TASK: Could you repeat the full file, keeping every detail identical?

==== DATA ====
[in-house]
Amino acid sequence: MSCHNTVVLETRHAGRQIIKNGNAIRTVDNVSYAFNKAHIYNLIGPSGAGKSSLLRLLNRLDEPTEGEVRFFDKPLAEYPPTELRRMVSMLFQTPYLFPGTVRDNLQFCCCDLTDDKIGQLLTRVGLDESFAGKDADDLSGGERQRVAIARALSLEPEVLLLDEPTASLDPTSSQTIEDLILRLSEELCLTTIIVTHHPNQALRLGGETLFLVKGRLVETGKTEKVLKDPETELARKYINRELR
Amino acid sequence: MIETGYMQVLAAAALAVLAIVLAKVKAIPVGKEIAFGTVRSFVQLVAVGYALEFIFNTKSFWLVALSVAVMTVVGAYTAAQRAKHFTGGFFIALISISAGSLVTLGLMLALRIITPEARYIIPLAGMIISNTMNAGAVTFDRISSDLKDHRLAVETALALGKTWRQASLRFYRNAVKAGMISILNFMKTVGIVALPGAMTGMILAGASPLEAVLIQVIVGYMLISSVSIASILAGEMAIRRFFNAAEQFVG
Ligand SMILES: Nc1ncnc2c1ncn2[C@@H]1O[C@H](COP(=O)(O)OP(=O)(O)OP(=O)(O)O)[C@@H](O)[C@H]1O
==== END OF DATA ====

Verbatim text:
[in-house]
Amino acid sequence: MSCHNTVVLETRHAGRQIIKNGNAIRTVDNVSYAFNKAHIYNLIGPSGAGKSSLLRLLNRLDEPTEGEVRFFDKPLAEYPPTELRRMVSMLFQTPYLFPGTVRDNLQFCCCDLTDDKIGQLLTRVGLDESFAGKDADDLSGGERQRVAIARALSLEPEVLLLDEPTASLDPTSSQTIEDLILRLSEELCLTTIIVTHHPNQALRLGGETLFLVKGRLVETGKTEKVLKDPETELARKYINRELR
Amino acid sequence: MIETGYMQVLAAAALAVLAIVLAKVKAIPVGKEIAFGTVRSFVQLVAVGYALEFIFNTKSFWLVALSVAVMTVVGAYTAAQRAKHFTGGFFIALISISAGSLVTLGLMLALRIITPEARYIIPLAGMIISNTMNAGAVTFDRISSDLKDHRLAVETALALGKTWRQASLRFYRNAVKAGMISILNFMKTVGIVALPGAMTGMILAGASPLEAVLIQVIVGYMLISSVSIASILAGEMAIRRFFNAAEQFVG
Ligand SMILES: Nc1ncnc2c1ncn2[C@@H]1O[C@H](COP(=O)(O)OP(=O)(O)OP(=O)(O)O)[C@@H](O)[C@H]1O